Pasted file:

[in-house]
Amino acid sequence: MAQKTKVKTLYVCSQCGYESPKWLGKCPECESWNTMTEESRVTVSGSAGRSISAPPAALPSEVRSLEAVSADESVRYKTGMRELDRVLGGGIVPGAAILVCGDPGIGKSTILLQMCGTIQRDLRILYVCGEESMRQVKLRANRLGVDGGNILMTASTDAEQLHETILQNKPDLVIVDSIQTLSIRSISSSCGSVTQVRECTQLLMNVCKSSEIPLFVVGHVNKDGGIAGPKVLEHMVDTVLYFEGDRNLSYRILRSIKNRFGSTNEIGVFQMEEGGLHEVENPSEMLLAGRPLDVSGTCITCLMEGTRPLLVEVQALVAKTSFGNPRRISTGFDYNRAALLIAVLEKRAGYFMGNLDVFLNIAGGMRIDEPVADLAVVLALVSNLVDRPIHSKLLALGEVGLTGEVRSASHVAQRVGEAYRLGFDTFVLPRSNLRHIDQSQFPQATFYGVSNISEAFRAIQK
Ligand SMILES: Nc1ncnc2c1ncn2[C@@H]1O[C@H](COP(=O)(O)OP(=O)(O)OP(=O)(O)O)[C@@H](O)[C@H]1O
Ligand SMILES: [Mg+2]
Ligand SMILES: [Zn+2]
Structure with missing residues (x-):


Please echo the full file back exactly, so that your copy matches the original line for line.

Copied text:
[in-house]
Amino acid sequence: MAQKTKVKTLYVCSQCGYESPKWLGKCPECESWNTMTEESRVTVSGSAGRSISAPPAALPSEVRSLEAVSADESVRYKTGMRELDRVLGGGIVPGAAILVCGDPGIGKSTILLQMCGTIQRDLRILYVCGEESMRQVKLRANRLGVDGGNILMTASTDAEQLHETILQNKPDLVIVDSIQTLSIRSISSSCGSVTQVRECTQLLMNVCKSSEIPLFVVGHVNKDGGIAGPKVLEHMVDTVLYFEGDRNLSYRILRSIKNRFGSTNEIGVFQMEEGGLHEVENPSEMLLAGRPLDVSGTCITCLMEGTRPLLVEVQALVAKTSFGNPRRISTGFDYNRAALLIAVLEKRAGYFMGNLDVFLNIAGGMRIDEPVADLAVVLALVSNLVDRPIHSKLLALGEVGLTGEVRSASHVAQRVGEAYRLGFDTFVLPRSNLRHIDQSQFPQATFYGVSNISEAFRAIQK
Ligand SMILES: Nc1ncnc2c1ncn2[C@@H]1O[C@H](COP(=O)(O)OP(=O)(O)OP(=O)(O)O)[C@@H](O)[C@H]1O
Ligand SMILES: [Mg+2]
Ligand SMILES: [Zn+2]
Structure with missing residues (x-):